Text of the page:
Photograph by Nathalie Stravers
Although it was only a moonlit night, a long exposure revealed the serene beauty of Ijen Volcanic Crater, its sulphur dioxide smoke and its very strong acidic green lake, the most toxic natural lake on Earth; no fish nor living thing can stand this hellish environment.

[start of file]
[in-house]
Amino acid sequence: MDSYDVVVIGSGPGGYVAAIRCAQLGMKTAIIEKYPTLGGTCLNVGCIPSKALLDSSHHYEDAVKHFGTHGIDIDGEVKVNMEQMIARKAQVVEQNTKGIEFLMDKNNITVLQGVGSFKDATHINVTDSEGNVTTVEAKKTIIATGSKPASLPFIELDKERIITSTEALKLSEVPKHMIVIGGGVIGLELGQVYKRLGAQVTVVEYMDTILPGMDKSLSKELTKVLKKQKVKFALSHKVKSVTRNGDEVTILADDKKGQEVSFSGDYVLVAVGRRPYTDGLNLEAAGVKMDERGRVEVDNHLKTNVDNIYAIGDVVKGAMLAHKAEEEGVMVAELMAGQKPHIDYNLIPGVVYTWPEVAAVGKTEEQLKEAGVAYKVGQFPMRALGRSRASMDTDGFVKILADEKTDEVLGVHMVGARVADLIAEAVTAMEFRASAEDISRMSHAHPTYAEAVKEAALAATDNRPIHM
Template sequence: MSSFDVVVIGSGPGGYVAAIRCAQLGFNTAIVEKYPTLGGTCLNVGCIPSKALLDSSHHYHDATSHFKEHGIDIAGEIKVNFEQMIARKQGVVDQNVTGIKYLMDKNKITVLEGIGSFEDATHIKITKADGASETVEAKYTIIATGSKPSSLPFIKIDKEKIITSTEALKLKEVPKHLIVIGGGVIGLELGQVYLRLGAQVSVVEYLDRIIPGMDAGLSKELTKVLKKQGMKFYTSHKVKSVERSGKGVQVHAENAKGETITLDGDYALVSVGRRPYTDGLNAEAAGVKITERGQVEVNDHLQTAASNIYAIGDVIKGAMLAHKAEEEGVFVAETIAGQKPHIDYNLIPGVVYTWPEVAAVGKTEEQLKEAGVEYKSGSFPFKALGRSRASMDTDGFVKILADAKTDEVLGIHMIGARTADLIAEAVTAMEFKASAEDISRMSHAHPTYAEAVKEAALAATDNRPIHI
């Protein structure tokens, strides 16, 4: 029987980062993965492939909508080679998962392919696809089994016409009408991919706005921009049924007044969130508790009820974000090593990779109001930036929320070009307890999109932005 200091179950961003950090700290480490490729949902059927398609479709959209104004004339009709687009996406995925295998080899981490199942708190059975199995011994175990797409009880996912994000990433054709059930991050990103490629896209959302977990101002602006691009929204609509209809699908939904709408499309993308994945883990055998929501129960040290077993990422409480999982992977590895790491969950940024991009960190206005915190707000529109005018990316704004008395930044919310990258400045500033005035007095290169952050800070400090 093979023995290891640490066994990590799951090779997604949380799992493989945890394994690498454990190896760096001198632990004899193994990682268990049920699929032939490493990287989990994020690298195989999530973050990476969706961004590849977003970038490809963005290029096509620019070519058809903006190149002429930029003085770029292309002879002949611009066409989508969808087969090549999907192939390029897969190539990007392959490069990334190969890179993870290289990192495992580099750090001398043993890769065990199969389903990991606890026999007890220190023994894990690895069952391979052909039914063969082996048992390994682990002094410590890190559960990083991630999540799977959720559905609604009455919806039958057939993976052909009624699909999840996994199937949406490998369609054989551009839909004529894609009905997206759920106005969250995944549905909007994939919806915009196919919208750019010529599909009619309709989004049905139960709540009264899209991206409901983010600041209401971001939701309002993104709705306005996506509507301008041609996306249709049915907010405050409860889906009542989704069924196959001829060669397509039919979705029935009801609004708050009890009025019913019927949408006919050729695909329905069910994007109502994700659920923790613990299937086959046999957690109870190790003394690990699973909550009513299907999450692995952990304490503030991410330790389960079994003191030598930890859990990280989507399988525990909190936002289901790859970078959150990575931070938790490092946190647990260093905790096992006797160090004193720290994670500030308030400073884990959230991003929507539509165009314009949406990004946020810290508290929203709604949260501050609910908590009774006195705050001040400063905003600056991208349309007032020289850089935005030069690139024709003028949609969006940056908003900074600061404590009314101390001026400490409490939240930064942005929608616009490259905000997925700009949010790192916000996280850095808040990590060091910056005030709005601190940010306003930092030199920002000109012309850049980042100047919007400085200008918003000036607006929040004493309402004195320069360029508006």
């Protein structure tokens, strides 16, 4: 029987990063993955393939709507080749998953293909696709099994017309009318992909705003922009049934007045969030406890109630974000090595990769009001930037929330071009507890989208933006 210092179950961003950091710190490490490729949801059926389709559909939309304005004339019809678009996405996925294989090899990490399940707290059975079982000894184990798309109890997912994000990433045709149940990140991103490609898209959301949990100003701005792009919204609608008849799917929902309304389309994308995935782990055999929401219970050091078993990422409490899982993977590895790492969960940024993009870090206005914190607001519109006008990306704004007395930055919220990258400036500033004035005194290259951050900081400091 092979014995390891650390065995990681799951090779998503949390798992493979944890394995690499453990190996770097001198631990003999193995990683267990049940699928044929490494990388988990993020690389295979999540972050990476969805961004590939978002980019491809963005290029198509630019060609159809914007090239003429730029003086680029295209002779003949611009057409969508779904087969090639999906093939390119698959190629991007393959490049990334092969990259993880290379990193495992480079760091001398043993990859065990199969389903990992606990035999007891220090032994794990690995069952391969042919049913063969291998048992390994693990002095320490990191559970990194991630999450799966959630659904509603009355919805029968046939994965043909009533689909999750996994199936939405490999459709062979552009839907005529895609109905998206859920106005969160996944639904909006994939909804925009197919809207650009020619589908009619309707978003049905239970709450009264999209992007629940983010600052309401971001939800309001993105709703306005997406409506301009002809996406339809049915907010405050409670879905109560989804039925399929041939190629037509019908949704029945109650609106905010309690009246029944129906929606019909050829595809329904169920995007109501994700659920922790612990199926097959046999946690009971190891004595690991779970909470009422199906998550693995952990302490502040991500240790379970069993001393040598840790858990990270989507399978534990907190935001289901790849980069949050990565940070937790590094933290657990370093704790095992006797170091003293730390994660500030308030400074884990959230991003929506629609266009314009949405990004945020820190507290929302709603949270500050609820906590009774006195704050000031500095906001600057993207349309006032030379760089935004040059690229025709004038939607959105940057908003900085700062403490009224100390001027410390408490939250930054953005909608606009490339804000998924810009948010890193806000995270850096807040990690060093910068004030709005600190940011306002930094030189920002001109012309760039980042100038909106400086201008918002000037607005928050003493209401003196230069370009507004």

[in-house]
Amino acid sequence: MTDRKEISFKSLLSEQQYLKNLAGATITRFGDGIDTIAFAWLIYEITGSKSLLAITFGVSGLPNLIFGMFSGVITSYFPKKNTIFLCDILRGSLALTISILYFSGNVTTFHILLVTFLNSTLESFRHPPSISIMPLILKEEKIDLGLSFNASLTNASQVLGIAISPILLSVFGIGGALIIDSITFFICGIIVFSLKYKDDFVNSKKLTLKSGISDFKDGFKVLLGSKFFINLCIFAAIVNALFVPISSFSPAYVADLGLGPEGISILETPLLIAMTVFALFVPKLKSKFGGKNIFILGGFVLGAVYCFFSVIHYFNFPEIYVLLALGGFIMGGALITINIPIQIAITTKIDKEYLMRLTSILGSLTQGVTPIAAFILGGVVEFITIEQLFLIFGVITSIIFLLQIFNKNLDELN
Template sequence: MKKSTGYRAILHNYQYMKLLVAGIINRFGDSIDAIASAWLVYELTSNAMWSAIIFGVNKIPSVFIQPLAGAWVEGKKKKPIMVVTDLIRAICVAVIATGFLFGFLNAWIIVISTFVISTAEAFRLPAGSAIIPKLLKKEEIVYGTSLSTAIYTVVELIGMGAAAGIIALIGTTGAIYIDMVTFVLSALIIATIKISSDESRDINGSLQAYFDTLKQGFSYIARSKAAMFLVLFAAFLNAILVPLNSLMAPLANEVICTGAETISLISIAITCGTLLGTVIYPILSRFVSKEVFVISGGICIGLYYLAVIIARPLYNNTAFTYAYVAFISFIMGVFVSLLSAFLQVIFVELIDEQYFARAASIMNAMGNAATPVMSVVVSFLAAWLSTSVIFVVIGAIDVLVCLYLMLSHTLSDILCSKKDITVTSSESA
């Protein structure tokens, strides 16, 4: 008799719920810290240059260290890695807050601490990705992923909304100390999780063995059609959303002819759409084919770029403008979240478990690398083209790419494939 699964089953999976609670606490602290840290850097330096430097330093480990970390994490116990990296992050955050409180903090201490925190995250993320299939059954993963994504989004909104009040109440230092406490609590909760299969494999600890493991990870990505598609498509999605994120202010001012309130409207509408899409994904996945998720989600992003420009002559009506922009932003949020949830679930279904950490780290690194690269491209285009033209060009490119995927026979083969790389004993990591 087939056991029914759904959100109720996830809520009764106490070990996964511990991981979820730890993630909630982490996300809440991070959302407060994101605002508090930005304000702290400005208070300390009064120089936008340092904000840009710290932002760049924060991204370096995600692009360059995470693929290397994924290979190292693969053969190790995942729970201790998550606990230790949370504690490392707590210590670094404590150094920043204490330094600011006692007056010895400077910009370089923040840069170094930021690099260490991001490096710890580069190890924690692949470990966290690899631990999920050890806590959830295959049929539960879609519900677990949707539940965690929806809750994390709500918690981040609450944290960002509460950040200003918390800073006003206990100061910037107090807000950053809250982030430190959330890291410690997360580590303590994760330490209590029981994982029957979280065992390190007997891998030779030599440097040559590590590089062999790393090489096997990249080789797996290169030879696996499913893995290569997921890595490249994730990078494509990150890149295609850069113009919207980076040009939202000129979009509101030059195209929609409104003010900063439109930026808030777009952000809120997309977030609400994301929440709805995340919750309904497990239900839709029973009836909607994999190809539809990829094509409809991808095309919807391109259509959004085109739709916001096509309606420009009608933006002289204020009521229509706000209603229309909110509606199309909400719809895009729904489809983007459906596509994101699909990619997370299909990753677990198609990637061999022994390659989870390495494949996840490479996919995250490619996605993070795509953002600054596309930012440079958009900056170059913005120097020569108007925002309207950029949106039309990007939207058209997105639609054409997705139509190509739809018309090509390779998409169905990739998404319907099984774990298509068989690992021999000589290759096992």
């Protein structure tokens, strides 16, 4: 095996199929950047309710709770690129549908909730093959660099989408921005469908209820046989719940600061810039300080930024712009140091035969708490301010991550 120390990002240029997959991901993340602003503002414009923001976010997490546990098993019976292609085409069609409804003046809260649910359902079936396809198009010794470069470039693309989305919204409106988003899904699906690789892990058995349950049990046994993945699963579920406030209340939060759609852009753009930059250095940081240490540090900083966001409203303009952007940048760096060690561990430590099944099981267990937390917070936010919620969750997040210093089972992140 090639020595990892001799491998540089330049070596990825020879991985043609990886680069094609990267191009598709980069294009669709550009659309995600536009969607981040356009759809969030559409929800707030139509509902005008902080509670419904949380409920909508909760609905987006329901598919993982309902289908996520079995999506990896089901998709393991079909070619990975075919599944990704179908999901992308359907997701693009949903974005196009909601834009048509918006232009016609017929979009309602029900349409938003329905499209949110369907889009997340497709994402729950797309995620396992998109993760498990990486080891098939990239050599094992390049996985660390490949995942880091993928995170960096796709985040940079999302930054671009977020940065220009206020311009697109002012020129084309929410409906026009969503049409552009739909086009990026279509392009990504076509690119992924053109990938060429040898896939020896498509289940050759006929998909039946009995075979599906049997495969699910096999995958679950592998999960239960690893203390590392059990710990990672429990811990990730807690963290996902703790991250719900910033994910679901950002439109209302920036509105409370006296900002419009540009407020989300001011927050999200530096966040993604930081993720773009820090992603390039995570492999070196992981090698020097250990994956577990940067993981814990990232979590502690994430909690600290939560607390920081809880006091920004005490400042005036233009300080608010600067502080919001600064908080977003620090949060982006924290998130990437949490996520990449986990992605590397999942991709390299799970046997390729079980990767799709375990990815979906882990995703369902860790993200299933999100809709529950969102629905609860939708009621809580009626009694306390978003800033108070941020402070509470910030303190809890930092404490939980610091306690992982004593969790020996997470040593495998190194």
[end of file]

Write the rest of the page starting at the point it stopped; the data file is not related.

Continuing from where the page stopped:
The group of stratovolcanoes known as the Ijen volcano complex is located in East Java, Indonesia near Kalianyar village in the Sempol District. The highly acidic volcanic lake, the largest in the world, is home to a mining operation made famous by many news reports. An active vent along the lake’s edge is a source of sulfur, collected by channeling and condensing volcanic gasses though a network of ceramic pipes. The molten sulfur pours from the pipes pooling on the ground and turning from deep red to bright yellow as it cools. Once cool, miners break the sulfur into chunks, and carry loads of up to 200 pounds in baskets to the crater rim. They make the 980 foot journey up the volcano’s 45-60 degree grade before trudging a further 3 km down the mountain where their sulfur loads are weighed and destined for use in a nearby sugar refinery. The majority of the miners make this arduous trip twice each day, earning approximately $13 USD for their efforts.
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